“I love talking to people and learning about them, so I found this opportunity to be a very special journey in meeting new people. I learned, though, that everyone has a limit and that it is okay to take a break from people,” 2021 Praiseman pianist Dylan Keener says. “I still love people. But I learned that it can be refreshing to be alone and take some time and recharge. This, for me, made the interactions I had with people so much sweeter and more enjoyable.” 

Traveling on a summer team helps you reflect on your own life in light of those around you. In turn, this helps you develop perseverance in consistently putting forth Christian love and developing your own character while also encouraging your teammates to do the same. 

You get the opportunity to grow spiritually

Finally, when you travel on a summer team, you can use your experience to grow in your relationship God. The time you spend with both your teammates and the diverse groups of like-minded believers you meet will help you grow in your walk with Christ.  

“I had to lean on God constantly to exercise grace towards others and to help me through interpersonal conflicts. [I also had to] stay humble and recognize my place before God and alongside my team members in the face of lots of compliments from the churches we would visit with our music,” Peter says.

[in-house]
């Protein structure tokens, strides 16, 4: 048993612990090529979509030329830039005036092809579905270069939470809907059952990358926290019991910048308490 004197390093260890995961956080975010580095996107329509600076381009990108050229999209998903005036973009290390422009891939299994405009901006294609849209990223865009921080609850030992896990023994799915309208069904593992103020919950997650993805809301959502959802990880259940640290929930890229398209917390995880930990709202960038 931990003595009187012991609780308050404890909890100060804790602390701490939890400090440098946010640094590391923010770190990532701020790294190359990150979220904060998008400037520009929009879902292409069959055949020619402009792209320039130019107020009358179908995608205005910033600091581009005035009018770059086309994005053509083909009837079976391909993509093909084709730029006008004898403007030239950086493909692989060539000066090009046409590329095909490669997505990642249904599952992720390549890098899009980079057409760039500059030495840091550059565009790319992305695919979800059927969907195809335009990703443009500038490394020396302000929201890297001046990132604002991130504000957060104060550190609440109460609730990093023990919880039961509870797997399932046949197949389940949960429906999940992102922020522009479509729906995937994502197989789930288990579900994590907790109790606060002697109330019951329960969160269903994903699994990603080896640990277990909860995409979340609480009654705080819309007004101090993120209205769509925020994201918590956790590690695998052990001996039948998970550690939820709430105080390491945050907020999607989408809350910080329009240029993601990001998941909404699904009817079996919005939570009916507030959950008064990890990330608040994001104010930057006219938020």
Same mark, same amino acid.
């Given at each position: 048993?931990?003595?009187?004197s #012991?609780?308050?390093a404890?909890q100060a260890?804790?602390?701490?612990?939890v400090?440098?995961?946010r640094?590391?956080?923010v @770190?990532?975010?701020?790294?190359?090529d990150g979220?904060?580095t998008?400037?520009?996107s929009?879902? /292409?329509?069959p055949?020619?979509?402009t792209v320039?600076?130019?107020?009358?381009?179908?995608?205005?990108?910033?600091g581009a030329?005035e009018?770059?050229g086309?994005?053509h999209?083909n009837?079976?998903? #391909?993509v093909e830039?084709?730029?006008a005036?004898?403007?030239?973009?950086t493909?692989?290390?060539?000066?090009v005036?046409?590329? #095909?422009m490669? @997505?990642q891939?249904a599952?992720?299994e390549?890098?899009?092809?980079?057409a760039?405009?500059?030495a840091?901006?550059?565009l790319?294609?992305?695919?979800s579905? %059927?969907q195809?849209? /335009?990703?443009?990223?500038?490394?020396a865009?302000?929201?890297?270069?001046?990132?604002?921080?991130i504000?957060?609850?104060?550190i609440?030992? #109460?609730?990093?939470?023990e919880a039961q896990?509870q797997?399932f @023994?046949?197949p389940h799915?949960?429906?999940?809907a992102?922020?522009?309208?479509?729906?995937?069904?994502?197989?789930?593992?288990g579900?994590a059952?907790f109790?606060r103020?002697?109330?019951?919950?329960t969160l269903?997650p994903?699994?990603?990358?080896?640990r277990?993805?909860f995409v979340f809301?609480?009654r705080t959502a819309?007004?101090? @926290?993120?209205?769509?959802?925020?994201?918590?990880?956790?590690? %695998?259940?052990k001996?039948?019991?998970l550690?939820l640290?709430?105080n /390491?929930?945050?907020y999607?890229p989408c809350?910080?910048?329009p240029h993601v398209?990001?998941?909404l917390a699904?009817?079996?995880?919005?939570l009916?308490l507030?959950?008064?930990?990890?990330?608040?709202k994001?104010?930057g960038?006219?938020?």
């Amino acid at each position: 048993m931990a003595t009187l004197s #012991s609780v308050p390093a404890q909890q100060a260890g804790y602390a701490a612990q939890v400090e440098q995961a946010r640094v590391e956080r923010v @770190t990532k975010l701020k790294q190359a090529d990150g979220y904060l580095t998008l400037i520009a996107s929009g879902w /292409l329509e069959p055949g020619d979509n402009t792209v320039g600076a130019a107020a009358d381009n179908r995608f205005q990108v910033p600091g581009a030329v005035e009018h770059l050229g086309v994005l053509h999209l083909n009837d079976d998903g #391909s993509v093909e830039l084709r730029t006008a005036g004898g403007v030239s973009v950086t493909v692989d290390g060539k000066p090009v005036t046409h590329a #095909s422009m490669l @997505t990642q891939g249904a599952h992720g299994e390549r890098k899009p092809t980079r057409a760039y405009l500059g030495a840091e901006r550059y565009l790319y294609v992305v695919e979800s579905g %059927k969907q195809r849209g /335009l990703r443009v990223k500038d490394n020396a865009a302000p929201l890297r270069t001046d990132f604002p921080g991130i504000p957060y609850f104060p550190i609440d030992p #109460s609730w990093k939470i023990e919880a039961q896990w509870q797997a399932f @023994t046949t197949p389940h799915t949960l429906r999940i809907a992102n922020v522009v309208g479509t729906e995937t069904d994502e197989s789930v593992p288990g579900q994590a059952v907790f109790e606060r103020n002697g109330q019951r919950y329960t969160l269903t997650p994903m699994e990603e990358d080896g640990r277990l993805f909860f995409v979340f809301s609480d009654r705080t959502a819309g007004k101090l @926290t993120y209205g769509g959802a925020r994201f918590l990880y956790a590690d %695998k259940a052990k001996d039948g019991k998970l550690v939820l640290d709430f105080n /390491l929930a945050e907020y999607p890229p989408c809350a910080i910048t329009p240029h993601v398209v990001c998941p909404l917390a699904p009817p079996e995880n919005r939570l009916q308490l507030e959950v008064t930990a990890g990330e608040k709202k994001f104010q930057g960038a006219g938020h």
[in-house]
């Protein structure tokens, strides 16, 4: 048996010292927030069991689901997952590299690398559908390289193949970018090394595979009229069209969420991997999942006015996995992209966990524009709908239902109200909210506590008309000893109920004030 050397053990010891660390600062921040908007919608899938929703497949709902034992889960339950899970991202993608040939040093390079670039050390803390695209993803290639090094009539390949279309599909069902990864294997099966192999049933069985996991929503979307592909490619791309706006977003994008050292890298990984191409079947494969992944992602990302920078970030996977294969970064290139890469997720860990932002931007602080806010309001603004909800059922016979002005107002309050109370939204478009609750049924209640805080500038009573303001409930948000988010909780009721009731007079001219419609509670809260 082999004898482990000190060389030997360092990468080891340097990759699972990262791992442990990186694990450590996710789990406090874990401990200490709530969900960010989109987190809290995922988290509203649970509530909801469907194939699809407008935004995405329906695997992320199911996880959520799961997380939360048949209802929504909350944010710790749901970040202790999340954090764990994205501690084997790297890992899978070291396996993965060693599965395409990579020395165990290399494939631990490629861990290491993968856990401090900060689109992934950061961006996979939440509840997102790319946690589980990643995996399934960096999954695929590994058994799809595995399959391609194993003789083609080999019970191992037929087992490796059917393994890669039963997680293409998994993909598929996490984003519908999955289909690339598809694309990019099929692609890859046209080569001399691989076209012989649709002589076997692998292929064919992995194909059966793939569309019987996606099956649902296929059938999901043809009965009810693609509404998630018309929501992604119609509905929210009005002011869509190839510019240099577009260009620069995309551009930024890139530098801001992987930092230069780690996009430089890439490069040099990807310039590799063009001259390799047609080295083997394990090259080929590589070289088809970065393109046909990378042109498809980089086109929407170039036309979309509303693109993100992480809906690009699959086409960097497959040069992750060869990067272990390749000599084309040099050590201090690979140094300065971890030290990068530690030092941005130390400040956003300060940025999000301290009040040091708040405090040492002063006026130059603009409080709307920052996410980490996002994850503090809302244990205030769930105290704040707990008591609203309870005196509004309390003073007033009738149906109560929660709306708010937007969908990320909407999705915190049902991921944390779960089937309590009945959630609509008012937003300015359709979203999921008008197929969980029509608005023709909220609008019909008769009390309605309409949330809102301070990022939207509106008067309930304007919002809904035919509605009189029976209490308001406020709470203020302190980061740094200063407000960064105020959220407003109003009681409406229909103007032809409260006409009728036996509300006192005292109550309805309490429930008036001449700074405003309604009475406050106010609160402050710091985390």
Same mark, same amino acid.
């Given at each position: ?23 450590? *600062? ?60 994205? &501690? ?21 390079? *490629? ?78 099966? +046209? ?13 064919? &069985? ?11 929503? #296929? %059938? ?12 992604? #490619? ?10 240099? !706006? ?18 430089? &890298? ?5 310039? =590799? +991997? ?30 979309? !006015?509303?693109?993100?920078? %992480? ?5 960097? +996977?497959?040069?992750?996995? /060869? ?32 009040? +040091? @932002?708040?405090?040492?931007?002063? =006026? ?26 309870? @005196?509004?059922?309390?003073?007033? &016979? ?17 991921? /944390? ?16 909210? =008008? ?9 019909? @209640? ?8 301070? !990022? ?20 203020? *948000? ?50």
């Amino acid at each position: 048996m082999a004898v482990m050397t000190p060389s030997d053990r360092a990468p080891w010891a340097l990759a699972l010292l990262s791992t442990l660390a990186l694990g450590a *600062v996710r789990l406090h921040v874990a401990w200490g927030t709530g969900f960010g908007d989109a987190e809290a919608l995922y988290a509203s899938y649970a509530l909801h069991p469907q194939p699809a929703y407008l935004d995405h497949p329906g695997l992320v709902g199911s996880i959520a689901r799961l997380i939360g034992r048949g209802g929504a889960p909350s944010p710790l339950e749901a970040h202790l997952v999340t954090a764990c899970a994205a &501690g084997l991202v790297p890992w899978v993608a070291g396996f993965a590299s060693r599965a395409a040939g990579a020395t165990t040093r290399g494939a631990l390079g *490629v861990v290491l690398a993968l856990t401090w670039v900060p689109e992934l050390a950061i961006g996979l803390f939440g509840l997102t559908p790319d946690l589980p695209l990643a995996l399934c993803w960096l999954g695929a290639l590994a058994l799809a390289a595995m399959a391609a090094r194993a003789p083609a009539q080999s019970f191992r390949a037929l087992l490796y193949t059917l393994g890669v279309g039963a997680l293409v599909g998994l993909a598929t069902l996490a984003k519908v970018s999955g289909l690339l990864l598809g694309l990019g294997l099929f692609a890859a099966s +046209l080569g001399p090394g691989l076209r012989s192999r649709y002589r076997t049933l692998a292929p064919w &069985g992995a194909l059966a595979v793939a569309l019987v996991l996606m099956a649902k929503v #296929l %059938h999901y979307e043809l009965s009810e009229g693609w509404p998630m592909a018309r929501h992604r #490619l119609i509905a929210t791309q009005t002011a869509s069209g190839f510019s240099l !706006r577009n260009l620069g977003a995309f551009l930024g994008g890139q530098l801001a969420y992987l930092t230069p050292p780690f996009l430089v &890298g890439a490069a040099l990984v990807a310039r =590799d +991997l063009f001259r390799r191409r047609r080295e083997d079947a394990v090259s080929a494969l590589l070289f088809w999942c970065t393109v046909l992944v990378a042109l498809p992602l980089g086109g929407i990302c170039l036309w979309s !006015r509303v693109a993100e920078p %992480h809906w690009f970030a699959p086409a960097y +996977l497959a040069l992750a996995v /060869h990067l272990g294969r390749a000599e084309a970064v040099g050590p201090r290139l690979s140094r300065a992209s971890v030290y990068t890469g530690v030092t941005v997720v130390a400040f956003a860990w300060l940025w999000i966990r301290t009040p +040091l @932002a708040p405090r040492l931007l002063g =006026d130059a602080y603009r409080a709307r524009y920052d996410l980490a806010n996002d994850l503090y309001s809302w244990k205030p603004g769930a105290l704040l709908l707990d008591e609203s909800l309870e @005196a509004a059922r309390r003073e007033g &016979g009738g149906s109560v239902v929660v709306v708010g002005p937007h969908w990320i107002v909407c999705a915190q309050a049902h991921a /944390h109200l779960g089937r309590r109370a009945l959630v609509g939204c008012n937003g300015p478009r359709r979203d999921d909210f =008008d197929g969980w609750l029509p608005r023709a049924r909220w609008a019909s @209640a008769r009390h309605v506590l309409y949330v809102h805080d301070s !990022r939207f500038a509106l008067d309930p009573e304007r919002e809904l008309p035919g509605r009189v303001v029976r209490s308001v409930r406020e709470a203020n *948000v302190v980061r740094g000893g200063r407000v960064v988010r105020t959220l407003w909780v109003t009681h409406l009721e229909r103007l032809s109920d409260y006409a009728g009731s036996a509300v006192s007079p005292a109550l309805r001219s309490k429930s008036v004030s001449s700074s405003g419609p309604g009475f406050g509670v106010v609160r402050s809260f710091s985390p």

Also, other past team members admit that they needed to stay deliberate in taking personal time with God. This intentionality helped them grow in their spiritual walk and also gave them the opportunity to encourage their teammates as well. 

“Since we had to be flexible in our schedule almost every day, I had to be intentional about finding quiet times alone with God each day,” Emily explains. “I also had more time to read or study personally than I probably wouldn’t have had otherwise – lots of time in the van meant lots of time for personal reading or journaling!” 

Ultimately, traveling on a summer team gives you many opportunities to develop your spiritual maturity. God works through your circumstances to bring you closer to Him, and He wants you to use your situation to take those steps alongside Him.  

Trying out for a summer team may be the first step you can take in creating special memories, forming lasting friendships, and growing in your walk with God as you minister with your team to like-minded believers across the country. 

Schedule an ensemble to visit your church.